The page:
She is definitely on the right side of the issue, but it’s not clear how she would use the office of the presidency to help.

Kirsten Gillibrand

Kirsten Gillibrand, a lawyer by training, is the current Senator from New York, having succeeded Hillary Clinton. She has drawn some fire among Democrats for socially conservative positions she has held in the past–and has since repudiated. She has made a name for herself largely as an advocate of women’s empowerment and by speaking against public figures accused of sexual harassment. Her lifetime score with the League of Conservation Voters is 95%–and her score for 2018 is 100%.

Ms. Gillibrand has backed the Green New Deal, saying the country needs a “moon shot” on the issue “as a measure of our innovation and effectiveness.” She is calling for some form of carbon pricing program (she has not yet proposed details), saying that “if you’re a polluter, fair enough, but you’re going to have to pay a lot more,” to cover the public costs of such pollution.

An online search shows that she speaks publicly about climate change often, but she has not yet released her own plan. It is not clear whether she has developed any ideas about how she might use the office of the presidency to lead on the issue.

Kamala Harris

Kamala Harris is a current senator from California, and is a former State Attorney General. Her multi-ethnic background means she has scored multiple “firsts;” her state’s first black AG, first Asian-American AG, and first female AG are all her. She has not yet become strongly associated with any particular issue (indeed, she regards her lack of a unifying political theme as an advantage), but her lifetime score with the League of Conservation Voters is actually 100%. Pretty impressive!

Although, since she’s been a legislator for less than two years, her scorecard is based on comparatively few votes thus far.

She has signed on to the Green New Deal and is considered a reliable ally on environmental issues, including climate change, but has not yet positioned herself as a leader on the subject. An online search shows she speaks publicly about climate, but does not seem focused on the issue at all.

Some Thoughts

So far, in the course of reading up on the candidates, it looks as though we may have passed an important political watershed among Democrats; candidates may no longer ignore climate, and the weakest in this year’s crop resemble the climate hawks of, say, 2008. If that’s the score, then we’re in a good position, since even an opportunistic climate wishy-washer could be persuaded to take meaningful climate action by an engaged, vocal electorate.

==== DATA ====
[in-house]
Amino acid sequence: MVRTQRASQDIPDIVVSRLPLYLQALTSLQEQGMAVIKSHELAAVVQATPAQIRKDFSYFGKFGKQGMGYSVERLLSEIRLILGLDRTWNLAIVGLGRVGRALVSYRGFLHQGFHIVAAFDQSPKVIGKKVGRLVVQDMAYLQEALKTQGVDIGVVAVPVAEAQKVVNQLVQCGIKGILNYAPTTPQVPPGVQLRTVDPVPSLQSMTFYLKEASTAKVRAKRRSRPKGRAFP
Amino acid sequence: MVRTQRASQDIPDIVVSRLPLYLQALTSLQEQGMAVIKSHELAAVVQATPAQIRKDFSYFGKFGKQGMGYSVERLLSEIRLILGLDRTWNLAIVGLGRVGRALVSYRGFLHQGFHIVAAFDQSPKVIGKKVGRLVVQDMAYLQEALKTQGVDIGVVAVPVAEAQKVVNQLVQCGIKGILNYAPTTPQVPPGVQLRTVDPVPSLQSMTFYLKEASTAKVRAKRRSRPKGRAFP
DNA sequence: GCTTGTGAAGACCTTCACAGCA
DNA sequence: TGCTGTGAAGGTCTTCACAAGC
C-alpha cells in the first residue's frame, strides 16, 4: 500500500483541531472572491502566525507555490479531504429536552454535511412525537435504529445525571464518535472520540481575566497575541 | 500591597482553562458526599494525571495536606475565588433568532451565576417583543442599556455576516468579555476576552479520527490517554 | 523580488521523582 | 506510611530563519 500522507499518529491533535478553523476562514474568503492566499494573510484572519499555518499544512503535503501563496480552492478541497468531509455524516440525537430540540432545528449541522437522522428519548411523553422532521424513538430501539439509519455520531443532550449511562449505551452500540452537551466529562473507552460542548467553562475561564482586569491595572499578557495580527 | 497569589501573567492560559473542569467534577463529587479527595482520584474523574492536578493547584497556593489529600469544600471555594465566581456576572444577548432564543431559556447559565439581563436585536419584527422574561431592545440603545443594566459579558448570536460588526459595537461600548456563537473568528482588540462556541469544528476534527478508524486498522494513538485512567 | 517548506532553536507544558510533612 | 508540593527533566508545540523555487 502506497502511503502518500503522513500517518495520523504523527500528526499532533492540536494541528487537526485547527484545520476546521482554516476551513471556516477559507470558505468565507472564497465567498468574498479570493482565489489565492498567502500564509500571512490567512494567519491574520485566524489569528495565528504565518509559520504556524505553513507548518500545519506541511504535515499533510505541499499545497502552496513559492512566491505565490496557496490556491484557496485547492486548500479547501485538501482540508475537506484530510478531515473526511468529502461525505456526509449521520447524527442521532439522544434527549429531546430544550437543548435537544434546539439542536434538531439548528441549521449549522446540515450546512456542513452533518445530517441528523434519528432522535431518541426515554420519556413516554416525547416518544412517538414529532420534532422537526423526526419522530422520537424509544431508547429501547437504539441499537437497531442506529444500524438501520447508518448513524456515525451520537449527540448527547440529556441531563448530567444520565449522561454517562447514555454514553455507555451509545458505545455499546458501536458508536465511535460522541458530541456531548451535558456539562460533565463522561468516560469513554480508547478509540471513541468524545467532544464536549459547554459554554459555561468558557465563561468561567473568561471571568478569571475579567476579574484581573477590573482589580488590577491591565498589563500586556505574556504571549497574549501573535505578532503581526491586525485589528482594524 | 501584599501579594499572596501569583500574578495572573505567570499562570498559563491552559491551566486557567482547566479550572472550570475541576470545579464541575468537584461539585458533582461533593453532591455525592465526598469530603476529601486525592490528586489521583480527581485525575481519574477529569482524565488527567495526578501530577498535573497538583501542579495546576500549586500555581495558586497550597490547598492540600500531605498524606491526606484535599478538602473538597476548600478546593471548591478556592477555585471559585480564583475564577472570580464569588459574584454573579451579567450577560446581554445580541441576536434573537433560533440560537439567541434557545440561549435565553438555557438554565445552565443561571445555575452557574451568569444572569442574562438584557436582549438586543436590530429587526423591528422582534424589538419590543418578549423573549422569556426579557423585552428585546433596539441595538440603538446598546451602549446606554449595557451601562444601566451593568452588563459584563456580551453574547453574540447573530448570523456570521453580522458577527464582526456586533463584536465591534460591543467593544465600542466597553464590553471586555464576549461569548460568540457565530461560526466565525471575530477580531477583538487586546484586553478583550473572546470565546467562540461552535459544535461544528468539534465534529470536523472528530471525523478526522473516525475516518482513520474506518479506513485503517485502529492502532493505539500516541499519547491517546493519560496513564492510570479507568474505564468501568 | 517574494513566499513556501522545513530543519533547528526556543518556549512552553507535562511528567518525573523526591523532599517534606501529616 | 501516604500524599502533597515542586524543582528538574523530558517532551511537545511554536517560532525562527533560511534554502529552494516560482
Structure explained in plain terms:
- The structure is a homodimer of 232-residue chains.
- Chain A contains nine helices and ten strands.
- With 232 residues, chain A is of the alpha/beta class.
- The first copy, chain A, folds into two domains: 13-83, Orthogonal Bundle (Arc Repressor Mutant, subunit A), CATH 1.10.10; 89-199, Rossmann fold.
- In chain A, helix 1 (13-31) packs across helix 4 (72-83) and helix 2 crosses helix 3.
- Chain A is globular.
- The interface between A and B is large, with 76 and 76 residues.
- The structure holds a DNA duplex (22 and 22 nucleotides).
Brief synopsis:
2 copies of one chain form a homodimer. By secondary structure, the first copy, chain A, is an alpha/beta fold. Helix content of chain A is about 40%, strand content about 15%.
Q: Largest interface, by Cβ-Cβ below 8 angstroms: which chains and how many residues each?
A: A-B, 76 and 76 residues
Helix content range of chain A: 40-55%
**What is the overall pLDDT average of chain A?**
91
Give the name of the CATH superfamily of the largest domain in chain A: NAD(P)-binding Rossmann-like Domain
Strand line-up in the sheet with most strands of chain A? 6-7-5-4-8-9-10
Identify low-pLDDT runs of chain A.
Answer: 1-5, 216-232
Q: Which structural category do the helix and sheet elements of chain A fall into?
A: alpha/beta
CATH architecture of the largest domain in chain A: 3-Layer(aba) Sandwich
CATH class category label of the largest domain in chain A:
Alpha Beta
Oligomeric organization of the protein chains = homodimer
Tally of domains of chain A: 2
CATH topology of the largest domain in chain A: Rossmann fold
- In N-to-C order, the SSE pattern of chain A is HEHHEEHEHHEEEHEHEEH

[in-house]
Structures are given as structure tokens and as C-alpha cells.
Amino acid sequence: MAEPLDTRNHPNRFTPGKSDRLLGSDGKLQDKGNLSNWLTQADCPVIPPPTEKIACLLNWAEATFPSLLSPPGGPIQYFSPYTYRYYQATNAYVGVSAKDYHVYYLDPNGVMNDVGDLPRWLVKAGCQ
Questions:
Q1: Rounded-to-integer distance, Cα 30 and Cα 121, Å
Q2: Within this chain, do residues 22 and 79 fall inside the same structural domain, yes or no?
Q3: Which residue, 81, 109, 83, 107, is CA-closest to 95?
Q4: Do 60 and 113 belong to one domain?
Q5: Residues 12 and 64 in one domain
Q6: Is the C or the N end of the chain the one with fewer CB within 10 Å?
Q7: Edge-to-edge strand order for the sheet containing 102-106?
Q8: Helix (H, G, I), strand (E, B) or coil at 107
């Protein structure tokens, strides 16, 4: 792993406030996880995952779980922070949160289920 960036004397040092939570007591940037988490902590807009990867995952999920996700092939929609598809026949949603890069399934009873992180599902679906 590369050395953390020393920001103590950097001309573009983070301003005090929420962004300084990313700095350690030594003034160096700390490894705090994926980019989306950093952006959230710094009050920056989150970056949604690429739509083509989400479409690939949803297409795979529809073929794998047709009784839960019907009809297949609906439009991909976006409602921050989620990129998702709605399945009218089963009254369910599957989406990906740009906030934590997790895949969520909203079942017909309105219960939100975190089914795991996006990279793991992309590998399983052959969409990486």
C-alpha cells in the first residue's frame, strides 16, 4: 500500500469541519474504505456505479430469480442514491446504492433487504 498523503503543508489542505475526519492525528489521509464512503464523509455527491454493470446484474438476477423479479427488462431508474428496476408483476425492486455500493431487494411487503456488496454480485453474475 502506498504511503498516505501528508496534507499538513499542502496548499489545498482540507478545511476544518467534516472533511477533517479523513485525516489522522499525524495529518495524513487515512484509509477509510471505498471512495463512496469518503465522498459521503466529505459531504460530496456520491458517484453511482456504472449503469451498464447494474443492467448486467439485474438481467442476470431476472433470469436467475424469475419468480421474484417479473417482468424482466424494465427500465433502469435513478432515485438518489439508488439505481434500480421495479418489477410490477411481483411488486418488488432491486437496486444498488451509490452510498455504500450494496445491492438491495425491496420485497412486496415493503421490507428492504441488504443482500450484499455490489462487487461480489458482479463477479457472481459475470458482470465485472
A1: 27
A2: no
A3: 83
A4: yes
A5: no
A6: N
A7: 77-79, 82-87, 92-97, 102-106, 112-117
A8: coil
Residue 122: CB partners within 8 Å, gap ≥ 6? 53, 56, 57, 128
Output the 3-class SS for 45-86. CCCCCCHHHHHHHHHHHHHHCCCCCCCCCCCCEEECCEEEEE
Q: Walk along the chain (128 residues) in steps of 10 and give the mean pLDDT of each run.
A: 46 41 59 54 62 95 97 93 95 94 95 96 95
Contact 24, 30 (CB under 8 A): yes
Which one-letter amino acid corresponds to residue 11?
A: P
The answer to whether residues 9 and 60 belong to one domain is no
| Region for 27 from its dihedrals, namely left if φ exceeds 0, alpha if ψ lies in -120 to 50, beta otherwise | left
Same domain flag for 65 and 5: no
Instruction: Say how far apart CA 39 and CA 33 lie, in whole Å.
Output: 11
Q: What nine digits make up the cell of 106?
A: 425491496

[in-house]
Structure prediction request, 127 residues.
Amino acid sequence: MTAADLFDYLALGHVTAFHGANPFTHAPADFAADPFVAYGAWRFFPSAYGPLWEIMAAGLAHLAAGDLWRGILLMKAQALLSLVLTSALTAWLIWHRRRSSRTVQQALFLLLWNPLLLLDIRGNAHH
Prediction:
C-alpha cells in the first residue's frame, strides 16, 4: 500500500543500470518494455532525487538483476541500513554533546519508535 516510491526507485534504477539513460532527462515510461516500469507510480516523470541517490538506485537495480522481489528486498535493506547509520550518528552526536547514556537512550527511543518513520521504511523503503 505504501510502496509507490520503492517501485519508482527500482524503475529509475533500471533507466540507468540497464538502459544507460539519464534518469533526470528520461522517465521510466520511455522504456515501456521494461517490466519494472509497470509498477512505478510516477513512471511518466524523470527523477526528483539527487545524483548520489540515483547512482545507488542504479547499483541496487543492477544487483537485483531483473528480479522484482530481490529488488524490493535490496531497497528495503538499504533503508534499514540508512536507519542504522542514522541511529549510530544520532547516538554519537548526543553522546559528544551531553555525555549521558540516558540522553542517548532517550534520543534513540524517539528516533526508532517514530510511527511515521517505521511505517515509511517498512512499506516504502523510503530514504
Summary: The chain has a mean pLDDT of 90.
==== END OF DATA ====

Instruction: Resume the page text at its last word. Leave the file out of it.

Personally, I’d prefer a real climate go-getter, someone who recognizes the gravity of the situation and treats it like an emergency, but it may be that the choice of best option will hinge on other criteria. After all, anyone who isn’t actually invested in some form of climate denial can be pushed into signing bills and even a couple of executive orders–if there are bills to sign.

The real champion must prove themselves capable of defeating the climate denial movement, working across the aisle, and engaging culturally conservative voters in Middle America, otherwise he or she is unlikely to win the general election and will be incapable of accomplishing anything once in office.

If such a champion arises but has less than stellar climate credentials, I’ll be OK with that. Let the President bring the nation together–let Ms. Ocasio-Cortez and others light the fire that keeps the unified nation going in the right direction.

 

 


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The Democratic Field, Part 1

It’s election season again, and as one of the few Americans not running for president this cycle, I figure it’s time I review the field.

As before, I’m only going to write about candidates as regards climate change. It’s not that no other issues are important (though I do consider climate a central issue), it’s that this blog remains neutral on all other issues, so far as is ethically possible. Therefore, support of a candidate for how he or she approaches climate should not be construed as any kind of comment on his or her other positions.

So, let’s start with Democrats. There are 23 of them running.

The Democratic Field (In Part)

I’m not going to write about all 23 people seeking the Democratic nomination in a single post. You and I both have other things we want to do today, right? Instead, I’m taking this in a few chunks. Here is Chunk Number One.

Joe Biden

Joe Biden is a former vice president of the United States, and the subject of a huge number of fond and funny internet memes featuring his friendship with President Barack Obama. He has run for president twice before, and could have been a favorite to win last cycle except for the tragic death of his son, Beau Biden, from brain cancer. Grieving, the elder Biden did not run. He is now trying one last time–at 76 years old he is among the oldest of the field, but also the best-recognized and most obviously experienced.

Joe Biden’s reputation on climate is definitely mixed. His candidacy this year has appeared timid with respect to climate–advocating only a return to some of President Obama’s policies, nothing new, and nothing really aggressive. He rarely tweets about the issue at all, though he does tweet fairly often about the economy, and may be trying not to alienate coal country. On the other hand, he has just released a climate plan that, while not as aggressive as it could be, does seem to be a real stab at the problem. He has pledged not to accept campaign donations from fossil fuel companies or donations. He was also the first senator to introduce climate-related legislation, way back in 1986, and tried repeatedly (and unsuccessfully) to champion the issue in the Senate several times over his long career.